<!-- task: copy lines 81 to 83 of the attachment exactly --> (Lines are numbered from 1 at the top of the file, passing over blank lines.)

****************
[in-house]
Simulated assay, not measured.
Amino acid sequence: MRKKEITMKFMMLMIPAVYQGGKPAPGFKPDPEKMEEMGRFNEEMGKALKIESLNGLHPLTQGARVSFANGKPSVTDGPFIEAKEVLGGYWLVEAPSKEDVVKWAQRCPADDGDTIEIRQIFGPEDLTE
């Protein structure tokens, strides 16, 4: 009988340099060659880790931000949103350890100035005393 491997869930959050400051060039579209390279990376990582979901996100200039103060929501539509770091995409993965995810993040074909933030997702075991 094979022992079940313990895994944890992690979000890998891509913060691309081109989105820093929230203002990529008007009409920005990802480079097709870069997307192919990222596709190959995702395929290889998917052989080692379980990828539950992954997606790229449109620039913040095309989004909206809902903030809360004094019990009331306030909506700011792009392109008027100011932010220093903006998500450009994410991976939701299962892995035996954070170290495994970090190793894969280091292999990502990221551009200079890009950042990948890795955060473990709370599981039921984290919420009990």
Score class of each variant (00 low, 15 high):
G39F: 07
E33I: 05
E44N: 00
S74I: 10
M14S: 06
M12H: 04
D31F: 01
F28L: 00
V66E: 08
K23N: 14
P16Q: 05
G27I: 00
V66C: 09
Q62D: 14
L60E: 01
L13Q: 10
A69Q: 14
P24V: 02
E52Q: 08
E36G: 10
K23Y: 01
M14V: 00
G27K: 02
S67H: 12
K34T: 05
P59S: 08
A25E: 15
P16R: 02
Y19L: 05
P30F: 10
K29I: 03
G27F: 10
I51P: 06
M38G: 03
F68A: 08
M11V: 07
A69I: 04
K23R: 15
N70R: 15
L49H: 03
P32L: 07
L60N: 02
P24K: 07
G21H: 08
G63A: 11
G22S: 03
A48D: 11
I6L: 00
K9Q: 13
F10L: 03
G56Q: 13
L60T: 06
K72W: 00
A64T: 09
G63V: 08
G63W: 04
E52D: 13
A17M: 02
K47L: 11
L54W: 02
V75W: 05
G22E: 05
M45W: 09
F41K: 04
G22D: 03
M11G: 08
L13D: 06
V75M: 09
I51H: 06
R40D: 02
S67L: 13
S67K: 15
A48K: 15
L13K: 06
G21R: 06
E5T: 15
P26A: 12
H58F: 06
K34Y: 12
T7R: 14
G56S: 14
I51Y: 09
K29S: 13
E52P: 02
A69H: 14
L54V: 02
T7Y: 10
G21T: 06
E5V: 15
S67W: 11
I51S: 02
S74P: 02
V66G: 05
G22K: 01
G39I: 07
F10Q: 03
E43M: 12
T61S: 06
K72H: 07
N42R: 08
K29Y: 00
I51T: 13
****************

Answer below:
E5T: 15
P26A: 12
H58F: 06